Within this model, actors are conceived of as seeking an understanding in regard to some practical situation confronting them, in order to coordinate their actions consensually. Reaching an understanding requires ‘a cooperative process of interpretation aimed at attaining intersubjectively recognized definitions of situations.’… one must assume a more complex competence on the part of actors than is postulated in other models of action. Within the communicative model, actors are envisioned to relate simultaneously to all three of the aforementioned worlds (objective, social, and subjective). Moreover, they can relate to them reflectively in the sense that they have the competence to differentiate the three types of relations and select one or the other as the most appropriate for interpreting a given situation and working out an agreement on a common definition of it. Thus, the three modes of world relations together constitute a ‘commonly imputed system of coordinates,’ which actors have at their mutual disposal to aid them in understanding one another.

Actors within the communicative model are not only accorded the competence to dispose reflectively over the three world-relations, but also the competence to assess the rationality or irrationality of one another’s actions according to all three of the respective sets of criteria (truth/success; normative legitimacy; and truthfulness/authenticity) which are implied by the different possible world-relations.

Habermas strives to avoid all sorts of dominating acts. He argues that a request (directive in the vocabulary of speech acts) will produce a consensual, non-dominating result if four validity claims are met. In his objective to defend and preserve his modernist concept of rationality, he calls any conversation that includes the following four conditions as being a form of “communicative rationality.” The act that follows is a form of “communicative action.”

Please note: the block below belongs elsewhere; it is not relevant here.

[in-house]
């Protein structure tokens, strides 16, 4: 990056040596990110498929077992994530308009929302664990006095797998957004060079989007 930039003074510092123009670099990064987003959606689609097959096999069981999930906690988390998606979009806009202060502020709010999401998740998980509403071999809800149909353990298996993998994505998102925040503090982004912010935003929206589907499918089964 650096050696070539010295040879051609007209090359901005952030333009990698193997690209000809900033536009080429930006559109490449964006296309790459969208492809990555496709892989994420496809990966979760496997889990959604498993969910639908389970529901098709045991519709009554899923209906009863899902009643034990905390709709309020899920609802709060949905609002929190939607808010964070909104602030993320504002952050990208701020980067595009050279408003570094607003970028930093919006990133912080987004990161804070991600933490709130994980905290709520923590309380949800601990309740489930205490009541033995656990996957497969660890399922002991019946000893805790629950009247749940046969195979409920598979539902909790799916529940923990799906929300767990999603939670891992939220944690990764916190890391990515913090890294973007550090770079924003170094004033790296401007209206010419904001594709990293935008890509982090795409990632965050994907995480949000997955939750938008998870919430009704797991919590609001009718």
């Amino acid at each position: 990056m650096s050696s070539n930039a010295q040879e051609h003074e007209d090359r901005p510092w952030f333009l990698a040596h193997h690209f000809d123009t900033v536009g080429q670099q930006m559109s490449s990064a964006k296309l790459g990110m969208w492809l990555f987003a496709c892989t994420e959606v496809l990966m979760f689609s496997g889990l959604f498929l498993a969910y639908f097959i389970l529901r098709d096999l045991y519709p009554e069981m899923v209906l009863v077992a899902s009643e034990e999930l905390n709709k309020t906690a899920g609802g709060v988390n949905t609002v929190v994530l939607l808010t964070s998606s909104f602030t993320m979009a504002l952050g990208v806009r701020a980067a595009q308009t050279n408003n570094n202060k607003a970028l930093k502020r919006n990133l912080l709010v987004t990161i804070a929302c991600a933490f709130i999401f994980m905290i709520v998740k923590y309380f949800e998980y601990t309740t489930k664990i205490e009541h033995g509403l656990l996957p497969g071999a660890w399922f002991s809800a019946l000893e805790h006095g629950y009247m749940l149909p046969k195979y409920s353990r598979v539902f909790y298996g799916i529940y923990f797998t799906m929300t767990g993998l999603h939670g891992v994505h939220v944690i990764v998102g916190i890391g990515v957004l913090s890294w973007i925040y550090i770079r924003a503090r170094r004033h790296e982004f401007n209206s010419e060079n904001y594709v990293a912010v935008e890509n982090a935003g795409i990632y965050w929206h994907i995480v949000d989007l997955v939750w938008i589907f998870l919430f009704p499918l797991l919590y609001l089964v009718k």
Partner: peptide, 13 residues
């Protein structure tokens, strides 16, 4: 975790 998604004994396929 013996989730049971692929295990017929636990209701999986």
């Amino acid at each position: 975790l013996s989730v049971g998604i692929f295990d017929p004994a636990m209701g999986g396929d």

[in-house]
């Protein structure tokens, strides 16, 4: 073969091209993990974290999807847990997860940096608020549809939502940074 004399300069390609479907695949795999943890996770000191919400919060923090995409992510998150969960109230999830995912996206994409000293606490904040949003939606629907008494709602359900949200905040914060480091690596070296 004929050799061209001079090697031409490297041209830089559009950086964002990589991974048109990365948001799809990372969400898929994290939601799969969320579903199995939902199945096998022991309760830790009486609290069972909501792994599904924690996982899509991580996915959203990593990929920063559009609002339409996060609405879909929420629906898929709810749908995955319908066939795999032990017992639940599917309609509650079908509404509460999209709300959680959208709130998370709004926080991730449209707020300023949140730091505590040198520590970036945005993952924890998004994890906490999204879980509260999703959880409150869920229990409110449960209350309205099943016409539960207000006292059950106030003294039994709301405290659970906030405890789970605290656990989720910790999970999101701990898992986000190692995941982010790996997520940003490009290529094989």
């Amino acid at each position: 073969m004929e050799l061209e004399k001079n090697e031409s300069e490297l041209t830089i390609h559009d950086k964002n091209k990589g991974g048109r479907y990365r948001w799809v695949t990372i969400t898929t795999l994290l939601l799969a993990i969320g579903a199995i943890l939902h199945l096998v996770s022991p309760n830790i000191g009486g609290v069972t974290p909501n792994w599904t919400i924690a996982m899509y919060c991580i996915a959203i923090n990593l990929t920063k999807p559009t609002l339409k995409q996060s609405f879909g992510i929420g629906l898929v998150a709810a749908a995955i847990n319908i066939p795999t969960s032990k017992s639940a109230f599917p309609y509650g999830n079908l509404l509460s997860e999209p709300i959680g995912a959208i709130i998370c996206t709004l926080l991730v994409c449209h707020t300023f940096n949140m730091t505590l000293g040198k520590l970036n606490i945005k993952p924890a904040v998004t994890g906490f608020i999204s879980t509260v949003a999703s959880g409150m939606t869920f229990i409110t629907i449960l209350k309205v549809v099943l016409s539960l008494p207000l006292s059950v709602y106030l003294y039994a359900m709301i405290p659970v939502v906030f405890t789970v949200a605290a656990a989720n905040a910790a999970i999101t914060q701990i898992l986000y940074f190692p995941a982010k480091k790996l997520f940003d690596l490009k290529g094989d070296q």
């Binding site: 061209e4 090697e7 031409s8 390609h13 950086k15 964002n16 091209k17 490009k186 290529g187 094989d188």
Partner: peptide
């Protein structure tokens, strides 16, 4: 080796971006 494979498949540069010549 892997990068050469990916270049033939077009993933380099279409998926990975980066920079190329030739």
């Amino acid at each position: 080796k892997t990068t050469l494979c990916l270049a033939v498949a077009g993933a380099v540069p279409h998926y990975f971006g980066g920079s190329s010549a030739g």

1.     The request is comprehensible. Easier said than done. What he means is that both parties understand the request as having exactly the same semantic meaning. (Comprehensibility)
2.     The requestor has a legitimate right to make the request. (Legitimacy)
3.     The outcome of the action and the reasons given for it is objectively true. (Truth)
4.     The requestor is being truthful about the reasons for the request. (Truthfulness)

In other words, the target actor can choose to act in a non-dominated, consensual (Habermas’s rational) manner if the answer to all following questions is “yes.”

1.     Do I understand you what you mean?
2.     Is what you say objectively true?
3.     Can I trust you to speak the truth?
4.     Do you have a right to be in this conversation and ask me what you just did

The speech acts that form the explicit dance of negotiation tell only part of the story. Requests are a special kind of speech act which has the distinctive character of inevitably interrupting the transparent flow of action and thereby raising assessments to the surface or at least to some level of cognitive activity. Habermas (1981) goes beyond the general ontological sense of seeing the world revealed in a specific way, through the raising up and establishing of the three specific sets of validity claims. These claims show up as assessments made by a listener assessing the validity of a speaker’s claims in the domains of communicative rationality: truth, truthfulness or sincerity, legitimacy, (and comprehensibility).

The assessment of truth relates to the objective reality context of the action being contemplated. This family of claims deals with objective rationality; the effective choice of means to some end otherwise specified. Such a truth claim is always at the base of grounding for a request; the requester’s intentions are buried in it. It is a set of assessments pertaining to the future that would show up as a consequence of taking the actions proposed. In a Cartesian world, all claims collapse into this domain.